Over the past four decades, members of the Society of Thames Mudlarks have discovered and recovered thousands  of historically significant artefacts that were buried in the black mud of the River Thames. This panel discussion, featuring members of the society as well as other experts and enthusiasts, will explore the role of mudlarks in uncovering London’s long-forgotten history, and consider their potential impact today and in the future. Tickets cost £10 for adults, with concession prices available, and should be booked in advance. 


Museum With No Frontiers, 

Discover artefacts and artworks from museums, sites, and monuments around the world through exhibitions in the MWNF’s Virtual Museum, as well as digital galleries, collections, and other resources. 

The Frick Pittsburgh, USA,

Enjoy a variety of online resources from the Frick Pittsburgh,  from curator talks about topics related to the collections to  virtual exhibitions, tours of the galleries, access to the digital collection, and more. 

Virtual Angkor, Cambodia,

See Angkor Wat as it may have looked at its height in the 13th century, and find out more about the Cambodian city with immersive virtual-reality elements, 360° videos, and other resources from the Virtual Angkor project. 

Image: Wikimedia Commons, Jakub Hatun

Tomb of Djehuty, Egypt,

Explore the tomb of Djehuty, an official under Thutmose III in ancient Egypt’s 18th Dynasty, with this Google Arts & Culture page, which explores the tomb’s paintings, layout, and restoration. 


Museum of Stone Tools,

Discover 3D models of stone tools from different cultures, places, and time periods, and find out more about their manufacture with this resource created by the University of New England, Australia.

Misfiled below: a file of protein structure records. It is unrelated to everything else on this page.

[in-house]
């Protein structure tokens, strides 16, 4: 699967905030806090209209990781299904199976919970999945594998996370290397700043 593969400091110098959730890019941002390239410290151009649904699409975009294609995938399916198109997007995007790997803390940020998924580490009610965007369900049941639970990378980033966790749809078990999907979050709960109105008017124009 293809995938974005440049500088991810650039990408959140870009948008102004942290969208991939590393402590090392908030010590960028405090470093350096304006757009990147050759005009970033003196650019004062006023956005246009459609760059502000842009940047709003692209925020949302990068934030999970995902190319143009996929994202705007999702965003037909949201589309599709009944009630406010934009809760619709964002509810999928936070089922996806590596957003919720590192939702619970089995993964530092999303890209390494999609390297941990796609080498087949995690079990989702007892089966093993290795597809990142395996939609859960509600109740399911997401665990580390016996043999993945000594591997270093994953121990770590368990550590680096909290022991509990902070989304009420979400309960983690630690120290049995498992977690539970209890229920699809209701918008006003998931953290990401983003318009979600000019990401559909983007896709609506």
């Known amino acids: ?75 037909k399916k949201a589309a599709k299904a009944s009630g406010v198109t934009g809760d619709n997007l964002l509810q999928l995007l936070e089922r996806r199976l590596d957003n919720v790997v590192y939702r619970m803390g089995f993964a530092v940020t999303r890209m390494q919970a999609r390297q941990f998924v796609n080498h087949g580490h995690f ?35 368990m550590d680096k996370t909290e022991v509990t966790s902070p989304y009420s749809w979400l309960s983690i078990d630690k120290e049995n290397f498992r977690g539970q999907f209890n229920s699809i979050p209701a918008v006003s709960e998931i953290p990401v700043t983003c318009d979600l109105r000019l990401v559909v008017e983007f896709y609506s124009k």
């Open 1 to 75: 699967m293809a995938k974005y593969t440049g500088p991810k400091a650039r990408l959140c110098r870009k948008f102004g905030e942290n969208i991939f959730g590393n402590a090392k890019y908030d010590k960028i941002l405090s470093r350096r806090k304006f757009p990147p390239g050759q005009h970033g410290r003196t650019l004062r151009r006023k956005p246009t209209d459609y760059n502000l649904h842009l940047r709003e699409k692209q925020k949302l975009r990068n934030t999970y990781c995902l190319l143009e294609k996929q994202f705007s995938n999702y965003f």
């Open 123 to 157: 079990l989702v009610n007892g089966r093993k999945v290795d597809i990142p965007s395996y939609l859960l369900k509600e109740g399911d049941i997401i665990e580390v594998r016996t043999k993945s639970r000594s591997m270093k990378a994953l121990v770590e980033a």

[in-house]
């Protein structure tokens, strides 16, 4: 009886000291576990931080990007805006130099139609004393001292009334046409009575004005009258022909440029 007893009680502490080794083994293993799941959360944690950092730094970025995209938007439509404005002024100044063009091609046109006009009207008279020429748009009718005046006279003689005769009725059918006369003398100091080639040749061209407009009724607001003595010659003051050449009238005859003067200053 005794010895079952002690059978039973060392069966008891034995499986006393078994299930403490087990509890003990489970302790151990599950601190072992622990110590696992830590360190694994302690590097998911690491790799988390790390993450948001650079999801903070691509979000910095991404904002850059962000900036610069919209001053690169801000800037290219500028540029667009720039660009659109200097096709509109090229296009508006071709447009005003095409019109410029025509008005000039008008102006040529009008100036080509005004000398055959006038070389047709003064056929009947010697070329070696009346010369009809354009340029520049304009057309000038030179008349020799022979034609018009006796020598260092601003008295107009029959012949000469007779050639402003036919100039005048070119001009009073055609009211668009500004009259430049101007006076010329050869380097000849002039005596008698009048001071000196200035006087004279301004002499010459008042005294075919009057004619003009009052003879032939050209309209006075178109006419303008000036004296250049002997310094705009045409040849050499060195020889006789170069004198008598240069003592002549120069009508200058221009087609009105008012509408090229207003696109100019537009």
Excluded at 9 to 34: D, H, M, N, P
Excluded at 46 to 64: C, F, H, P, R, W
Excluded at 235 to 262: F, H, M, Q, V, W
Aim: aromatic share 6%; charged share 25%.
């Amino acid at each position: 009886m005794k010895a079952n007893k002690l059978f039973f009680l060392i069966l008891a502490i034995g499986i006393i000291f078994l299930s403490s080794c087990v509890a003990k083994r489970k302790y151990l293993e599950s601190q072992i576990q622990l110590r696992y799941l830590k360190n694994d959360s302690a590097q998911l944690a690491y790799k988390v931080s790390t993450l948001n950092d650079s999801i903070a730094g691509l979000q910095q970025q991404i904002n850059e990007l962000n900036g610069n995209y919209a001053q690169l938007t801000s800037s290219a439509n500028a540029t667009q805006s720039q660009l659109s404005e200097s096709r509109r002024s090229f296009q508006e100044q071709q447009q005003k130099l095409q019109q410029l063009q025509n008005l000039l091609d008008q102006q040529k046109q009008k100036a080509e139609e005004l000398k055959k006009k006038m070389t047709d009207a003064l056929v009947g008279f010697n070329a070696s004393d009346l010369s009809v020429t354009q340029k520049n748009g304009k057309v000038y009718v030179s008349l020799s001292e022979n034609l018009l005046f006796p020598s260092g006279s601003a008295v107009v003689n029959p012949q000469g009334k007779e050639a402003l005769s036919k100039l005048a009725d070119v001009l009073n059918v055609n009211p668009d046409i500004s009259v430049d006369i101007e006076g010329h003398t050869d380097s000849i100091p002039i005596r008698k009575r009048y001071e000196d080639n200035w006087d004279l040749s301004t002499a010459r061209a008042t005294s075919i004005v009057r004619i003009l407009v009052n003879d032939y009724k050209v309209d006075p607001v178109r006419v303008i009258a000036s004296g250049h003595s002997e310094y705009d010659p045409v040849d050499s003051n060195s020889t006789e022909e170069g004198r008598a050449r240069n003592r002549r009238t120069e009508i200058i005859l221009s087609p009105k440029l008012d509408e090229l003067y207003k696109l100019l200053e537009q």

Take advantage of a wealth of online articles, news stories, and resources about the ancient Greek and Roman worlds, available on Antigone, an open online forum seeking to make Classics accessible to all. 

Women in Archaeology,

Listen to stories and discussions about women’s contributions to archaeology with this podcast about, for, and by women in the field, with episodes featuring a wide range of topics and guests. 

Museum of the Home TikTok,

Find out more about the lives of people in the past with short videos from the Museum of the Home in London, going behind the scenes with curators and conservators, and exploring highlights from the museum’s collections.

Image: Wikimedia Commons, Cmglee


The Vikings,

Discover the story of the Viking invasion of England with this new three-part series presented by Raksha Dave and Xand van Tulleken, which explores the historic conquest in detail, from preparation to final showdown.

The Great British Dig, history-in-your-garden

The Great British Dig returns for a fourth season of excavating back gardens around Britain, this time exploring the site of a medieval knight’s castle, a lost Georgian mansion, a newly discovered Roman fort, and more.

Jay Blades’ East End Through Time,

Explore the history of London’s East End, from the site of Shakespeare’s theatre to Victorian engineering beneath the Thames and the impact of the Blitz.

Return of the Cat Mummy,

Try your hand at this new game from Google Arts & Culture, in which players return to life as a cat mummy to gather the pharaoh’s missing treasures and help him make his journey to the afterlife.

Secrets of Stonehenge, prehistoric-england/secrets-of-stonehenge

Enthuse children about one of the world’s most famous ancient sites with these Stonehenge-related resources, quizzes, and ideas for at-home activities from English Heritage.